Building a Concept and Growing it to a Gardening Reality

The summer is in full swing, temperatures and humidity are up; rainfall is plentiful. Our three PRI Health Corps wellness garden sites are now producing harvest. The two-pronged goal of PRI Health Corps is to build gardens that grow healthy vegetables and promote awareness of sound nutritional practices to foster healthy living or as we like to say, “living fit” in disadvantaged populations that are served by the host organization at the sites, students and staff at Beaufort County Community College, the visually impaired at the Blind Center’s site for their rural campus and Veterans at our own Betty Ann Sands Memorial Gardens at Rose Haven Center of Healing. An additional benefit of our approach to wellness is designing and then building wellness
components in that connect those who visit/work with other important elements of “living fit,”
such as the powerful impact that gardening and more generally nature has on promoting
mental, physical and emotional health.

PRI Health Corps Wellness Harvest at BCCC – Darnnell, Susan, and Kobe and of course our mascot, Bella

In the next three blog episodes, we will chronicle through video, photographs and description
the approach to and development of the three wellness garden sites, each with unique and
common features that advance our goals and mission of PRI Health Corps: to help mitigate food
insecurity, advance healthy eating and more generally promote wellness, or living fit.
Please join us in an exploration of our wellness gardens.

Wellness gardens expressed through metaphor:
All roads do not lead to Rome – but to a journey that unfolds in steps taken but never leaving
the site or the moment; you can walk, or wheel, or other mode of transport, almost 1/5 of a
mile on movement friendly pathways from start to finish at BCCC, 1/10 of a mile around the
outer connected paths at the Farm and 1/7 the of a mile journey on the garden labyrinth at
Rose Haven. In essence, the similar but different application of a radial design at all three
gardens lets you walk and see or walk and garden without ever leaving the space or the

Access to all, priority for none – using various shapes, sizes, heights, and materials for raised
beds, the opportunity for gardening is not limited by abilities, only by motivation.
When is a garden not just a garden – when more or all senses get to play and by no means a
finite: when colorful shrubs and perennials share bed space with fruits and vegetables; when
herbs and spices serve double duty, as aromatic intoxicants to the gardener and chef and subtle
or not so subtle taste accelerators for the palate; when arbors and trellises serve as ladders for
grapes, beans and welcoming jasmine to grow and structures of liminality to welcome and
usher people along on their journey of recovery; when garden’s birth, growth, and bloom of
petal and fruit is cast as art and provides the canvas, colors and studio, leaving the gardener as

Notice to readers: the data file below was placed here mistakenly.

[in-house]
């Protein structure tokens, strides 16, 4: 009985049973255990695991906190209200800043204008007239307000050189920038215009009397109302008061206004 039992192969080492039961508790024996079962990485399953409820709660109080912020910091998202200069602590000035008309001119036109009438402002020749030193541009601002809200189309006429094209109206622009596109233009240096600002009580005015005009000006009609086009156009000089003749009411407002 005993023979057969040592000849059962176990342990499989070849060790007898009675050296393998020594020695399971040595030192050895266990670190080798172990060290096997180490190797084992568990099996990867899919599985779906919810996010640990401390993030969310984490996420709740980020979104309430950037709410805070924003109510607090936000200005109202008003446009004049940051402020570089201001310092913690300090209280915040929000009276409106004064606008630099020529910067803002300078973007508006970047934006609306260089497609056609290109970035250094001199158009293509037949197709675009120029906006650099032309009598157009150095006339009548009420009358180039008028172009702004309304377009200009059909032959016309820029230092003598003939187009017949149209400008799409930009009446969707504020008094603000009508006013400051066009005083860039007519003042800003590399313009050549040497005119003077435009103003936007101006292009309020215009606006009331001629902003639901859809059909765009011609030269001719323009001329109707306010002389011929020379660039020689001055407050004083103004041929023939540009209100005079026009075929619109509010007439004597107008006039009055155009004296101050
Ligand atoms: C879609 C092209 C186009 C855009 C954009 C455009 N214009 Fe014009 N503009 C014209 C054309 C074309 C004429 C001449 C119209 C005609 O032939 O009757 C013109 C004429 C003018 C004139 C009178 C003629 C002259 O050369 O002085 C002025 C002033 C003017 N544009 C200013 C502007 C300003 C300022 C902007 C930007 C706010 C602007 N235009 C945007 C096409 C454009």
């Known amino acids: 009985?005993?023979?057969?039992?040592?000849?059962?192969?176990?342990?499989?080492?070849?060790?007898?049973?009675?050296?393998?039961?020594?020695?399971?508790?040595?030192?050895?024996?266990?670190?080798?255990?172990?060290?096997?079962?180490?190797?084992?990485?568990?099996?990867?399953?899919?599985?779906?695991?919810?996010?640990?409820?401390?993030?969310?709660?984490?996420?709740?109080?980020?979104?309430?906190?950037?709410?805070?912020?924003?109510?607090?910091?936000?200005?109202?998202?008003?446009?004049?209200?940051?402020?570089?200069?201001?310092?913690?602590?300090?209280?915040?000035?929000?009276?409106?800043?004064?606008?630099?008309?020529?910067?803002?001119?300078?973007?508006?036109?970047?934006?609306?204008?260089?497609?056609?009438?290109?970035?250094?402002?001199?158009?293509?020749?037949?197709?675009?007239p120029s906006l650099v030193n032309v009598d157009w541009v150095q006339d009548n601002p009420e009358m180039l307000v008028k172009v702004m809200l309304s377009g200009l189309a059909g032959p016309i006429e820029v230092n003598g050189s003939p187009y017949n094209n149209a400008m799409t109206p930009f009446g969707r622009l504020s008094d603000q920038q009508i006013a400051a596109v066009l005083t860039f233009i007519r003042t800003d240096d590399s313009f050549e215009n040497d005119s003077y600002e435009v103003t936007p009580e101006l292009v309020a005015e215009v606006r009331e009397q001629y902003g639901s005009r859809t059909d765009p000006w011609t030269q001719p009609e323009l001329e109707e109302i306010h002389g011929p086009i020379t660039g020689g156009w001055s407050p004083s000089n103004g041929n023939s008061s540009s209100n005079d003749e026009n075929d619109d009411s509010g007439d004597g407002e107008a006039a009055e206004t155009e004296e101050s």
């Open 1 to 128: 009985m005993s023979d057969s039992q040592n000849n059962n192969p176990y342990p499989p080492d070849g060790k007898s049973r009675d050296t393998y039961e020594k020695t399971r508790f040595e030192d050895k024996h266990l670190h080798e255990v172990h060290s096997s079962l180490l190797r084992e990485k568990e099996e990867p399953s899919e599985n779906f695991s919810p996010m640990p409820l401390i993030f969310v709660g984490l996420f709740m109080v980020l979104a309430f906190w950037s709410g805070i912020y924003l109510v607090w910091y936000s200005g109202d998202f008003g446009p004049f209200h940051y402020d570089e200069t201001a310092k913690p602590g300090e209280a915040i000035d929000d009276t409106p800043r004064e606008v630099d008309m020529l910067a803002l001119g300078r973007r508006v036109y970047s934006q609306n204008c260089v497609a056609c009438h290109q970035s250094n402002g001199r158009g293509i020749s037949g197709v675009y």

a plein air interpreter of nature’s creative passion; when space to sit and share a reflective
moment with a plethora of winged, crawling and other garden visitors who help the garden

Beaufort County Community College Wellness Gardens: A PRI Health Corps Project

Our purposeful radial garden design emulates the concept of a garden labyrinth with several
wellness metaphors inherent in the arrangement of paths, beds, infrastructure and use of the
landscape geology to maximize production and wellness benefits to gardener and casual visitor
alike. Four areas open as additional growing spaces due to the radials and each become a
thematic garden within the overall wellness garden; salsa garden, squash garden, juice garden
with blueberry bushes and grape plants, and an area to feature an assortment of herbs.
Anchoring the circular design is a completed sun shelter serving as a planting space and
educational center. Benches for reflection and rest will be located in the herb garden and in the
observation area overlooking the wetlands. Solar will power lights and recirculating water
 12 beds built and planted in radial beds; 30 beds are possible
 Four themed gardens are in use
 all pathways laid down,
 boundary shrubs and trees from evergreens of cypress and spruce on the north giving
way to grasses on the south reflects the change from tree to wetlands in that area of
 sun shelter completed with adjacent tool shed (photo)
 harvesting tomatoes, peppers, squash and onions now; all produce going to campus-
wide food pantries (photo)
 observation area completed, minus benches

Next blog – The Farm, Coming soon – Betty Sands Memorial Gardens at Rose Haven

If you are interested in joining our team, check out the link below of our listing for our 2nd Service Year beginning September, 2023! You can also find more information on our PRI Health Corps tab here on our website:

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